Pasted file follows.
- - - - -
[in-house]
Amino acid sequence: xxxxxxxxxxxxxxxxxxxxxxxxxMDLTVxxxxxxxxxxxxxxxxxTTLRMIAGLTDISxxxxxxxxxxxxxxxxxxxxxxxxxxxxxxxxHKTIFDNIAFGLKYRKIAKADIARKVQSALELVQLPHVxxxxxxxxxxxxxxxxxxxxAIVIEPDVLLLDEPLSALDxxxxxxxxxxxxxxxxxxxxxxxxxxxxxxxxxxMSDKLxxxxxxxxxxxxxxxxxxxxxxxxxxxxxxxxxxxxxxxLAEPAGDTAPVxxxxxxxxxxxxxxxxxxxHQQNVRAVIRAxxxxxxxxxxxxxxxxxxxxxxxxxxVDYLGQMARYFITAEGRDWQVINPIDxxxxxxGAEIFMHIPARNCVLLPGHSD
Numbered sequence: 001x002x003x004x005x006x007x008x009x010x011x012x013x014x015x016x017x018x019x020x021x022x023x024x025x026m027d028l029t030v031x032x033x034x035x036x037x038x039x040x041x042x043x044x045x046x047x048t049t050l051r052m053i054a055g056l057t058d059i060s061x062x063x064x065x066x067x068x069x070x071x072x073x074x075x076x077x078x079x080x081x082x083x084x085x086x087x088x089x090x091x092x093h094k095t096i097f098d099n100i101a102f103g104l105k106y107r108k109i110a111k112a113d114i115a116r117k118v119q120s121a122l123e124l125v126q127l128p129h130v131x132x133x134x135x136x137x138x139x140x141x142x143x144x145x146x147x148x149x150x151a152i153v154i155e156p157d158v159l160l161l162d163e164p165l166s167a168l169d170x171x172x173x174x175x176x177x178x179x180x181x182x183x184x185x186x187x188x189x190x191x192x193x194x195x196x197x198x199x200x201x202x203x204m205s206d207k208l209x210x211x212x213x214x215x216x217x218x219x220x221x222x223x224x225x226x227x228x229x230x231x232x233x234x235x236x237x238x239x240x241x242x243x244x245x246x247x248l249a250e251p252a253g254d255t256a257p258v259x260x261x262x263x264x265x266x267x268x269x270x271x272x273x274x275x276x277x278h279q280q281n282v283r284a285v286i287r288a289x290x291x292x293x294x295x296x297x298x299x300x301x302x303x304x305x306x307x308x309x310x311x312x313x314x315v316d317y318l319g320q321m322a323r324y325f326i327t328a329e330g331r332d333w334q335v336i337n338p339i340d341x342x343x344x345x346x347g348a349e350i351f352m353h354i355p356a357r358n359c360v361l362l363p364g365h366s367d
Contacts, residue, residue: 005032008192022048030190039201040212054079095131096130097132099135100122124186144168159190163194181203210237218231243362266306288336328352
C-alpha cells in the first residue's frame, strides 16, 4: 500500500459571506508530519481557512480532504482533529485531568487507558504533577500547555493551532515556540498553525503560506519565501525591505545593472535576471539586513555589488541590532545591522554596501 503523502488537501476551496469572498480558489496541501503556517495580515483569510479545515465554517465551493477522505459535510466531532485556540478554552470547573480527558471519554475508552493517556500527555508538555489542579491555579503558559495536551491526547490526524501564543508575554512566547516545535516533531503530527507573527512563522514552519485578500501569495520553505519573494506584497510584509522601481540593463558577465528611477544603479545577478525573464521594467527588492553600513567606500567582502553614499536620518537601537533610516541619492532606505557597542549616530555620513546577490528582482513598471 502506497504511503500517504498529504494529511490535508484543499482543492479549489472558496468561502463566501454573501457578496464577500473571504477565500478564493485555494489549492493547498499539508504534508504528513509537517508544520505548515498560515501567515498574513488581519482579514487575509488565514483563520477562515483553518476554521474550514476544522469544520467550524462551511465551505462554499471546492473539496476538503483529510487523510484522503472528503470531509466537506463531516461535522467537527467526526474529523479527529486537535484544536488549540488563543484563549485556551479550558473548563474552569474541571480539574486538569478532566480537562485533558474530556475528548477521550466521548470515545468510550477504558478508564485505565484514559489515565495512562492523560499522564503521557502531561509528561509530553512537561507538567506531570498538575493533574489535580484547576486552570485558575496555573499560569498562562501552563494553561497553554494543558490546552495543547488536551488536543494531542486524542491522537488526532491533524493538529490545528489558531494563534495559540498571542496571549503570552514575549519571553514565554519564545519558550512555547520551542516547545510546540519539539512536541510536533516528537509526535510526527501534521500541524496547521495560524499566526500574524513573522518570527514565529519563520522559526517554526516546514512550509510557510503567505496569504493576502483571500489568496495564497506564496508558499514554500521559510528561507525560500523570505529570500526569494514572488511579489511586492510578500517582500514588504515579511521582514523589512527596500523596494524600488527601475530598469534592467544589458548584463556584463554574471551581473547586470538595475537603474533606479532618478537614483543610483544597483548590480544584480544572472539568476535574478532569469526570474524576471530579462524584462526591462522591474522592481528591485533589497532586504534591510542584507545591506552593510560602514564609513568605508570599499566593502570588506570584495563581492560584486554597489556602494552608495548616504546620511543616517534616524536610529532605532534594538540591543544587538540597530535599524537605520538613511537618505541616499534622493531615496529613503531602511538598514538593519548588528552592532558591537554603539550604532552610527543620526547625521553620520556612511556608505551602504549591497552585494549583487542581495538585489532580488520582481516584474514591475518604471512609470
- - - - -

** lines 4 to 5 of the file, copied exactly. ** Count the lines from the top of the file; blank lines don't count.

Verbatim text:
Contacts, residue, residue: 005032008192022048030190039201040212054079095131096130097132099135100122124186144168159190163194181203210237218231243362266306288336328352
C-alpha cells in the first residue's frame, strides 16, 4: 500500500459571506508530519481557512480532504482533529485531568487507558504533577500547555493551532515556540498553525503560506519565501525591505545593472535576471539586513555589488541590532545591522554596501 503523502488537501476551496469572498480558489496541501503556517495580515483569510479545515465554517465551493477522505459535510466531532485556540478554552470547573480527558471519554475508552493517556500527555508538555489542579491555579503558559495536551491526547490526524501564543508575554512566547516545535516533531503530527507573527512563522514552519485578500501569495520553505519573494506584497510584509522601481540593463558577465528611477544603479545577478525573464521594467527588492553600513567606500567582502553614499536620518537601537533610516541619492532606505557597542549616530555620513546577490528582482513598471 502506497504511503500517504498529504494529511490535508484543499482543492479549489472558496468561502463566501454573501457578496464577500473571504477565500478564493485555494489549492493547498499539508504534508504528513509537517508544520505548515498560515501567515498574513488581519482579514487575509488565514483563520477562515483553518476554521474550514476544522469544520467550524462551511465551505462554499471546492473539496476538503483529510487523510484522503472528503470531509466537506463531516461535522467537527467526526474529523479527529486537535484544536488549540488563543484563549485556551479550558473548563474552569474541571480539574486538569478532566480537562485533558474530556475528548477521550466521548470515545468510550477504558478508564485505565484514559489515565495512562492523560499522564503521557502531561509528561509530553512537561507538567506531570498538575493533574489535580484547576486552570485558575496555573499560569498562562501552563494553561497553554494543558490546552495543547488536551488536543494531542486524542491522537488526532491533524493538529490545528489558531494563534495559540498571542496571549503570552514575549519571553514565554519564545519558550512555547520551542516547545510546540519539539512536541510536533516528537509526535510526527501534521500541524496547521495560524499566526500574524513573522518570527514565529519563520522559526517554526516546514512550509510557510503567505496569504493576502483571500489568496495564497506564496508558499514554500521559510528561507525560500523570505529570500526569494514572488511579489511586492510578500517582500514588504515579511521582514523589512527596500523596494524600488527601475530598469534592467544589458548584463556584463554574471551581473547586470538595475537603474533606479532618478537614483543610483544597483548590480544584480544572472539568476535574478532569469526570474524576471530579462524584462526591462522591474522592481528591485533589497532586504534591510542584507545591506552593510560602514564609513568605508570599499566593502570588506570584495563581492560584486554597489556602494552608495548616504546620511543616517534616524536610529532605532534594538540591543544587538540597530535599524537605520538613511537618505541616499534622493531615496529613503531602511538598514538593519548588528552592532558591537554603539550604532552610527543620526547625521553620520556612511556608505551602504549591497552585494549583487542581495538585489532580488520582481516584474514591475518604471512609470